With all things, there’s the complexity of what you’re offering underneath and the simplicity of the user interface. Trying to find that balance is going to be important.
But you bring up a good point, nobody’s saying “I can beat 80% of my Lipper peers,” right? That’s not what this is about. These firms are going to have to compete on things outside of the normal investment thesis.
Evan Harp: How do you see direct indexing growing compared to, say, ETFs?
Tom O’Shea: It’s going to be different because direct indexing has been around since the 1990s. It’s not a new product. You have Parametric launching their product in the 90s, and then Aperio, in the 2000s. The reason there’s a novelty to it now is because of fractional shares and zero commission trading, which allows a portfolio manager to construct a direct index SMA at a lower account minimum and not have tax benefits get eaten up by a lot of trading costs.
Let me just say, as an aside, direct indexing is not going to replace ETFs. I’m so sick and tired of hearing people ask me, “when is this going to surpass ETFs?” I’m going to be retired if it ever does happen.
It’s not the $2,000 or $5,000 accounts that are going to make direct indexing grow in the next three to five years. It’s that group of advisors that we spoke to, who have a multi-million-dollar client who could benefit from this because they have a high income. In other words, those advisors with affluent clientele who are just now learning about direct indexing.
We know about the marketing that’s going to go into that, we see all these big firms who’ve made huge investments, either acquisitions or outright investments in their own technology to get into this market. They’re going to push these products to realize a return on that investment. So between the lack of awareness, the obvious benefit, and the new marketing you’re going to see coming forward, that’s where the growth is going to come – a new wave of growth if you will.
Traditionally, this product had been in the province of family offices, multifamily offices, and ultra-high net worth investors, because the account minimums were just so high. Remember one account was really just one component, one asset class of a client’s total portfolio. So say if it was a $500,000 minimum account, and that was your large cap equity exposure, you need to populate it with other investments in other asset classes. So you really were talking about wealthy people.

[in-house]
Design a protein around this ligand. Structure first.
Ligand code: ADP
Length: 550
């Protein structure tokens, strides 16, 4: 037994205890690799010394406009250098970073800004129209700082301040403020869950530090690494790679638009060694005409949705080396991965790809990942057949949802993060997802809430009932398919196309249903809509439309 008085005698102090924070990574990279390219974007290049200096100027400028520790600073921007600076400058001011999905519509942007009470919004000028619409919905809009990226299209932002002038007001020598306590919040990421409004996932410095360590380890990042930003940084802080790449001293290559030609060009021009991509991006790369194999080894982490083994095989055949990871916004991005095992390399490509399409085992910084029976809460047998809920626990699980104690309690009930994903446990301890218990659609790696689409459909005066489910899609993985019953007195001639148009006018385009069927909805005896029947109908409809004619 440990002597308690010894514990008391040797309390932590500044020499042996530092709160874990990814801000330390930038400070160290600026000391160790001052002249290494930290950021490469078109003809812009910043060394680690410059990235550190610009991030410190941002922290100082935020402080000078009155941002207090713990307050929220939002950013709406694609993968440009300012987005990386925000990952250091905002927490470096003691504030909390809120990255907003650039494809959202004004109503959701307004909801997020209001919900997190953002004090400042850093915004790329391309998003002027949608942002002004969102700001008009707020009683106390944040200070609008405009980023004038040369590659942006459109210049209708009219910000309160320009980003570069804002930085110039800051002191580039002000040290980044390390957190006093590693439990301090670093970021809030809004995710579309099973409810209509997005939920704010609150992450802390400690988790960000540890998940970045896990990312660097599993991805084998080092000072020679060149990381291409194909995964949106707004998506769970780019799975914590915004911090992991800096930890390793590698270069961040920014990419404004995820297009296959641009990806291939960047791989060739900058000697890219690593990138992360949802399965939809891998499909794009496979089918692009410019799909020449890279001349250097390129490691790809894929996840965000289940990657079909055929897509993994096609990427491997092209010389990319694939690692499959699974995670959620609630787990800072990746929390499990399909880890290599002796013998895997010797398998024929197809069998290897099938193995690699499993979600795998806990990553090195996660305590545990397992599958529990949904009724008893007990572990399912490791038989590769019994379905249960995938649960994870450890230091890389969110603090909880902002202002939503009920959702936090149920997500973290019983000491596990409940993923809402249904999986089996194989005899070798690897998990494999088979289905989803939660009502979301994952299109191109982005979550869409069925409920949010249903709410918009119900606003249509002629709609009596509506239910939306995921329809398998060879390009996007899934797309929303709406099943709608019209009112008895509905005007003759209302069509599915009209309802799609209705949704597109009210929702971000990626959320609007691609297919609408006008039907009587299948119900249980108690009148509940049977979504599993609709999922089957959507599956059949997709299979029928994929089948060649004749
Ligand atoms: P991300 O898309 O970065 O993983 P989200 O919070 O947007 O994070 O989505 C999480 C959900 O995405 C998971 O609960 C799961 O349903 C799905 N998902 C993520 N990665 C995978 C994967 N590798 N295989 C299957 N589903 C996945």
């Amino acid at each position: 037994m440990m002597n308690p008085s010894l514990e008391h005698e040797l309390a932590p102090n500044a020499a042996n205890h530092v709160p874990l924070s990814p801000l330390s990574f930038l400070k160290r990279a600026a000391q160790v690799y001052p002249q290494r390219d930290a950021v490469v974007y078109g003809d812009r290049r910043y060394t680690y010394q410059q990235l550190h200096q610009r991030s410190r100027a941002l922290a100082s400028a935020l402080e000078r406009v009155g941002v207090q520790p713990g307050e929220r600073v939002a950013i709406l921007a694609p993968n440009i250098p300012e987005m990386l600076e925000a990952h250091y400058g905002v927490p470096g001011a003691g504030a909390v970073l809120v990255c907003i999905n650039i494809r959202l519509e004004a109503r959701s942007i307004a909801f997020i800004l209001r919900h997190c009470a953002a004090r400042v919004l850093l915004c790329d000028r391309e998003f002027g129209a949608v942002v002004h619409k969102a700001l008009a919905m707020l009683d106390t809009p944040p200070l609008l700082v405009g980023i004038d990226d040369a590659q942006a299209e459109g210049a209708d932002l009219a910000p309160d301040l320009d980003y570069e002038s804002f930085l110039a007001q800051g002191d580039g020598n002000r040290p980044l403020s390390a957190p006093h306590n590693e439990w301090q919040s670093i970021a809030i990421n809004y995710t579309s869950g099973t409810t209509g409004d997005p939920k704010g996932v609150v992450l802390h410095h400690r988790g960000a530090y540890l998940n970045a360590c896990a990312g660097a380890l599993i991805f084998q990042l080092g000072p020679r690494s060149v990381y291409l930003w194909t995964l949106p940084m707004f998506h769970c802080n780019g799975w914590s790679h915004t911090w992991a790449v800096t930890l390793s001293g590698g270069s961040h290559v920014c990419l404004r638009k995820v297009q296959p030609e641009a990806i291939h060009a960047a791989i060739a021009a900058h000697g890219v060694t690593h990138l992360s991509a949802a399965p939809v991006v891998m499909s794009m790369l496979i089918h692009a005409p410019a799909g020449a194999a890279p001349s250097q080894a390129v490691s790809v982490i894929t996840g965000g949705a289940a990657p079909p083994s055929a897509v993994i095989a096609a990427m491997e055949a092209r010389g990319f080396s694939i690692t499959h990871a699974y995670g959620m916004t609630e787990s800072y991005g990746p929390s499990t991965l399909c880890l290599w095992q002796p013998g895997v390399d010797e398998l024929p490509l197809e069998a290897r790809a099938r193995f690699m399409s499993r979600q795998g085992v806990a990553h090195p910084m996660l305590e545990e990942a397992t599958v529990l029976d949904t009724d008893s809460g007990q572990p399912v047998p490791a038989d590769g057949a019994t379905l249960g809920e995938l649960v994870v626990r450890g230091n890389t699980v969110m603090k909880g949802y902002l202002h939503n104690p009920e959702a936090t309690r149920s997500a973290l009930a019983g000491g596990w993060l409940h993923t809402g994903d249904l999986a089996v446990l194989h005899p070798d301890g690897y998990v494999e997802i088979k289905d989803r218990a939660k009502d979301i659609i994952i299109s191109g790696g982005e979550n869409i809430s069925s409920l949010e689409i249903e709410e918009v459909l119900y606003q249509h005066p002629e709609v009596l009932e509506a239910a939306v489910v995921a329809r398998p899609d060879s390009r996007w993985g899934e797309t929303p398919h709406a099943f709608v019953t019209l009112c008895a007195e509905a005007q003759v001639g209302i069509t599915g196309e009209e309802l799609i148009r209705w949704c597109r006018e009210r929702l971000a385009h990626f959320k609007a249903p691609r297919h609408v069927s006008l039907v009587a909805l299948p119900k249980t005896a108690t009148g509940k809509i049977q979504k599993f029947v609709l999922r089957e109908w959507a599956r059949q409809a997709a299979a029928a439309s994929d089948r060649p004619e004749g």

The product lifecycle is going to look like it has two humps. Over the past decades, direct indexing was very successful in capturing a lot of assets in the family office, multifamily office, and ultra-high net worth advisor community, but now it’s going to grow as it broadens out to lower wealth tiers and over time as awareness grows amongst consumers because the big direct-to-consumer firms are staring to market direct index solutions
Evan Harp: What’s one thing that people get wrong about direct indexing?
Tom O’Shea: I think they feel it’s too complicated.
That’s really the fact that you often hold a lot of positions in order to mimic the index, and that complexity is something that scares off a lot of advisors. At its heart, it’s not really all that complex because it’s an algorithm that you are giving constraints to and then running.
Now, yeah, the math, if you don’t know linear optimization, that can be daunting to describe what an algorithm is. You don’t need to know linear optimization, right? It’s like, do I need to know how the internal combustion engine works for me to drive my car? Do I have to be able to take that apart and put it back together? No!
Over time, driving a car has gone from cranking it up and using a clutch to having to press a button. Now, I don’t even have to do that. My key, when I get near my car, tells it to open. So what’s happened is a lot of technology is being layered on top of this to make the construction and the reporting of the portfolios easier. I think that’s when advisors start to see that, it will really help them embrace direct indexing.
One more thing: We’re excited about direct indexing, but right now, it’s roughly a $400 billion market, right? We say that it is going to grow to $825 billion in five years.
As I mentioned earlier, a lot of people then ask, “When is direct indexing going to totally surpass the ETF?” Well, the ETF market in the United States is a $7.1 trillion market today, and it’s going to be an $11.3 trillion market, we project, in the next five years.
What people get wrong – and this is because, I think a lot of the hyping, particularly of ETFs has been “they’re category killers,” this is a Silicon Valley mentality. It’s not good for us in the financial services industry. What’s happening is sometimes a direct index separate account makes more sense for the client. Sometimes an ETF does and sometimes a mutual fund does. What’s happening is all these wrappers are going to coexist going forward, and advisors need to discover how they can combine these products to give the client the best portfolio possible.